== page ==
Mr. Whitney was a gentleman of extensive literary and scientific attainments, of liberal and expanded views, benevolent in his feelings, and mild and unassuming in his manners.  While his death will be regarded by the nation as a public calamity, it will be felt in the circle of his private friends as a bereavement of its brightest ornament.
-Connecticut Herald

Correlating SC Social Studies Academic Standards:

Standard 3-4: The student will demonstrate an understanding of the events that led to the Civil War, the course of the War and Reconstruction, and South Carolina’s role in these events.

Inidcator 3-4.1 Compare the conditions of daily life for various classes of people in South Carolina, including the elite, the middle class, the lower class, the independent farmers, and the free and enslaved African Americans.  (H, E)

Indicator 3-4.2 Summarize state leaders’ defense of the institution of slavery prior to the Civil War, including reference to conditions in South Carolina, the invention of the cotton gin, subsequent expansion of slavery, and economic dependence on slavery.  (H, E, P)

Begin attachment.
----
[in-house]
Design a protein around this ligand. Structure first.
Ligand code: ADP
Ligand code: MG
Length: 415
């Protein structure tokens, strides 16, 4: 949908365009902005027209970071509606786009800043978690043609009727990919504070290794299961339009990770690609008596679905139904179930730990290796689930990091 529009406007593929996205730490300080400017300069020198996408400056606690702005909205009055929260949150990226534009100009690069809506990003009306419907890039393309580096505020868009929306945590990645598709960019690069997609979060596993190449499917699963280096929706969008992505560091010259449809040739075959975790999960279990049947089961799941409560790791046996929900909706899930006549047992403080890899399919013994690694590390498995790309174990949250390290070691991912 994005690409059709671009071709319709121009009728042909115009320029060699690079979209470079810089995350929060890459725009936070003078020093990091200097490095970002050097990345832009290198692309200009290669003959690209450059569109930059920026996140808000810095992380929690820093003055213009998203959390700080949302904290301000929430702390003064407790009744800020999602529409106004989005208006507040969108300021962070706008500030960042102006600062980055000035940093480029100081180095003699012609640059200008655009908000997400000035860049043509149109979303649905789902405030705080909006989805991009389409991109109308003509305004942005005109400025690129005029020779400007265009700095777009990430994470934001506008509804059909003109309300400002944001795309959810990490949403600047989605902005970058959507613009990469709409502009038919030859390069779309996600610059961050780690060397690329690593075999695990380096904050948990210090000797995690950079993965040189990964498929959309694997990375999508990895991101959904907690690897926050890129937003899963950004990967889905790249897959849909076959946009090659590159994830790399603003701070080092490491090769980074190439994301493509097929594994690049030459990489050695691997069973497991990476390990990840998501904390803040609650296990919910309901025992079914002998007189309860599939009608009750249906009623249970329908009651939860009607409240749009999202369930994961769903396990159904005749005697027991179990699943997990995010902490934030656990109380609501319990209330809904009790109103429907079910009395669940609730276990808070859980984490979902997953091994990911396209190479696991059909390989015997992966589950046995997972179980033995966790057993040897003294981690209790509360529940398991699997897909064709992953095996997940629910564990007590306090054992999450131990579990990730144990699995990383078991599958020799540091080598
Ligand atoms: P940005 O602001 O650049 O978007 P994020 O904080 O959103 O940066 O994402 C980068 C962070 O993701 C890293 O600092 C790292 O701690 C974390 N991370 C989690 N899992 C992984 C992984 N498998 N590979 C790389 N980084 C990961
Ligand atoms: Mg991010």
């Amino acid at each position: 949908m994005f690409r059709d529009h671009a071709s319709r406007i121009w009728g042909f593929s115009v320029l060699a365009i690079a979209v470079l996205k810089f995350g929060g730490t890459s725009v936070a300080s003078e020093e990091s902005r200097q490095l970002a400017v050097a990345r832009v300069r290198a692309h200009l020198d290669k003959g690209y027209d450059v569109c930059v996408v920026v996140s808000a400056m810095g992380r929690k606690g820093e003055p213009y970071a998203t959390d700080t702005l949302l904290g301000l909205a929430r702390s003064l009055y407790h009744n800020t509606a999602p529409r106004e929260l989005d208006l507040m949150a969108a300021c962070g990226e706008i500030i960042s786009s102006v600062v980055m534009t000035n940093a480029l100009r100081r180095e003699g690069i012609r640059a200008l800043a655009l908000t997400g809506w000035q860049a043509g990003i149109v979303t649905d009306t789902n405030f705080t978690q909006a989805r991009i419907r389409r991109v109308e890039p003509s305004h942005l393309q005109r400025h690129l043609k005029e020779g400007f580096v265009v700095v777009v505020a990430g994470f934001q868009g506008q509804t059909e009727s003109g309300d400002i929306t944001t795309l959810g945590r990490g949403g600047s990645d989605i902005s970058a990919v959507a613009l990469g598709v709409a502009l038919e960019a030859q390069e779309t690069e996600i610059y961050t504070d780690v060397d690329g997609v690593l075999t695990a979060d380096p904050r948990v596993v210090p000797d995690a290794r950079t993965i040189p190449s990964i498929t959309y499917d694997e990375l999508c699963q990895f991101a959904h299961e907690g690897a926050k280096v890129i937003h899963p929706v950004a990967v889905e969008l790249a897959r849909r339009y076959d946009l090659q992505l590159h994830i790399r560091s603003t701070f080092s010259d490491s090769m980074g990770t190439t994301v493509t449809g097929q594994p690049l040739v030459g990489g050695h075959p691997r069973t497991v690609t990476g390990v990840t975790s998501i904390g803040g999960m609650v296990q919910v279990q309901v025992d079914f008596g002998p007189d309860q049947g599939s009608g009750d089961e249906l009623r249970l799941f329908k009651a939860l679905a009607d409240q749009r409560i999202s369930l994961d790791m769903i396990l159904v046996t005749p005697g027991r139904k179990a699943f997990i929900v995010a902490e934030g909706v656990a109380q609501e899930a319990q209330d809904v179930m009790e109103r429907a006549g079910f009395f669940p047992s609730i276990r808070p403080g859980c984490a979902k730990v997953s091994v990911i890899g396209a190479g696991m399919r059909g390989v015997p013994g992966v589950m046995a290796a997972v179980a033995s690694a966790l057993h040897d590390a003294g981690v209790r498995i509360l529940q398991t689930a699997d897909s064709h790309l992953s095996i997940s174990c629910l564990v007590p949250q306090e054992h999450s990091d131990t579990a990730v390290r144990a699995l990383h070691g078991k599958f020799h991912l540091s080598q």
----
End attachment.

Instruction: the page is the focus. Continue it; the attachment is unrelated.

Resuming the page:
Indicator 3-4.7 Summarize the effects of Reconstruction in South Carolina, including the development of public education, racial advancements and tensions, and economic changes.  (H, E, P)

Standard 4-6: The student will demonstrate an understanding of the Civil War and its impact on America.

Indicator 4-6.1 Compare characteristics of the regions of the North and South prior to the Civil War, including agrarian versus industrialist economies, geographic differences and boundaries, and ways of life. (G, E, H)

Standard 7-3: The student will demonstrate an understanding of political, social, and economic upheavals that occurred throughout the world during the age of revolution, from 1770 through 1848